Steep Stories

of the Lazy Literatus

Month: August 2015

The Battle of Five Tea Rants

There’s an unwritten rule in the tea community – that if you can’t say something nice, think it over after a few cups of tea. If then – and only then – you still feel that way, you can voice said grievance . . . politely. For the most part (at least in writing), I’ve abided by this unwritten rule. If slighted or slightly irked, I shrug it off – pu-erh in hand.

But sometimes . . . just sometimes . . . even the Almighty Leaf can’t keep away the Id. This year, I’ve seen five occurrences that demand my ire, my piss-‘n-vinegar-drenched diatribe. And I’m going to voice them all in one fell swoop, so that I can return to a state of mind closely resembling sanity.

Gaiwan warrior

Can we stop calling tea a “health beverage”, now?

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A Castleton Comparison

While this has easily been the worst summer of my life, there was an anniversary of sorts. One I had completely forgotten about until I received an e-mail from Vivek Lochan of Lochan Tea. It read: “In continuing with tradition, a sample of the 2015 Castelton Moonlight has been sent to you yesterday by courier.”

Whoah! I thought. Just a few days prior, I’d wondered how I was going to acquire some of that tea this year. For those that don’t know, Castleton Moonlight, second flush, is my absolute favorite tea. Of all time. I first fell in love with it in 2011. And I’ve made it a point to get a hold of it every year since. It’s an oolong from the Darjeeling tea estate dubbed Castleton. I did a full write-up on my history with that tea for the Lochans, which can be found HERE.

If I did get a hold of it, that would mark my fifth anniversary with said tea.

They were curious how this year’s stacked up against last year’s offering. And, truth be told, I was morbidly curious as well. Teas and tea types tend to growing season to growing season. Influences like weather, processing, and quality of the terroir all play a part, and all factors are never completely consistent year-to-year. From what I heard, Darjeeling second flush teas had a late start this year due to weather conditions.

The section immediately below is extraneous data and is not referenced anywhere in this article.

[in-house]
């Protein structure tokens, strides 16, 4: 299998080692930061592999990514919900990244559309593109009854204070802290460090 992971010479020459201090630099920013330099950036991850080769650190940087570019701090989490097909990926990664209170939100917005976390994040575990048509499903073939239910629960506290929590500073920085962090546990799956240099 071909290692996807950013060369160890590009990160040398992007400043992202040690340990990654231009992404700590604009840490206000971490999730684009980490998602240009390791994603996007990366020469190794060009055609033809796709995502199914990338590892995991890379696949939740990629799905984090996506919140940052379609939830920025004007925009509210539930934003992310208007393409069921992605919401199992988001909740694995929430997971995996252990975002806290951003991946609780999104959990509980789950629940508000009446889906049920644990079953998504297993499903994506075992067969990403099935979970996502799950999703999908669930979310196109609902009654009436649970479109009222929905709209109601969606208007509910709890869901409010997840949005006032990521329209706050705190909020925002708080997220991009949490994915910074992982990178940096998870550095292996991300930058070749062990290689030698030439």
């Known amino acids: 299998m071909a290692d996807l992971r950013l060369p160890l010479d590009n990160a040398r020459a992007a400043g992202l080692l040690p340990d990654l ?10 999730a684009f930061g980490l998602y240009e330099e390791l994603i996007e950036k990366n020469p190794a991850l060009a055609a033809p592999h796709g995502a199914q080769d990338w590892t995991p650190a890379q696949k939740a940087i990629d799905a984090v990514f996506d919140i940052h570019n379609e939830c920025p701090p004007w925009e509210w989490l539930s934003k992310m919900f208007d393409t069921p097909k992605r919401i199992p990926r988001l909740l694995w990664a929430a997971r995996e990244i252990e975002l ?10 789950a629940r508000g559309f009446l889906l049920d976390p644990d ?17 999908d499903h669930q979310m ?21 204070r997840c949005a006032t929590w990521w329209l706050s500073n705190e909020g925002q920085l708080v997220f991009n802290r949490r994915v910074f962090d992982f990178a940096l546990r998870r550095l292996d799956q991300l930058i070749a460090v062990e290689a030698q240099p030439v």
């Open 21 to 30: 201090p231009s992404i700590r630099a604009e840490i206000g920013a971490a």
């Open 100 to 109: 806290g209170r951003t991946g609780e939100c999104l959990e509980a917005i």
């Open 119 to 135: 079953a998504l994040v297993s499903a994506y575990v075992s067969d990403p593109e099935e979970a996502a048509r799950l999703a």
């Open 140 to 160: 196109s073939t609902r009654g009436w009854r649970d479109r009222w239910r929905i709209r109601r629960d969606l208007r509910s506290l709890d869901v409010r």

I received the package a week later, and immediately tore into it. Keep in mind, this was at 6PM. Well beyond my usual “black tea” hour.

Moonlight loose

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The White Pu-Erh for the Right Time.

At the end of June, Portland, Ore. was dealt one of its most severe heatwaves in recent memory. And I got the flu during it. A mere week ago, we were dealt another STRONGER heatwave . . . and I got the flu again. That’s eerily coincidental.

Luckily, I caught this one in time and doused myself with various forms of ‘Quil on the market. That and I offset the medicine head with copious amounts of apple cider vinegar and lemon juice. But of course, there was also the issue of what tea to drink.

For most normal people that isn’t an issue, but tea still had to play an integral part somewhere. When knee-deep in flu-plague the recommended real tea is white tea. Straight-up young tea leaves and buds that are withered, dried and nothing else. They supposedly have antiviral properties, but – like the downy furs on the leaf buds – the science is a bit fuzzy on that claim.

The problem with most white teas, though, is that they aren’t strong enough. Okay, not entirely true. White tea leaves actually possess more caffeine than any other type because of their minimal processing. However, for most types to taste any good, they have to be brewed as light as possible. Boiled to death, yes, one would get the necessary daily-start caffeine wallop, but the brew itself would taste like a grassy turd. There are exceptions to this, but they’re hit or miss.

My phlegmatic redemption lay in the form of two freakish teas from Norbu Tea I had in my repertoire that – as per usual – I had yet to get around to writing about. There were pu-erh teas out there that were made from young tea leaves and buds.

White pu-erhs

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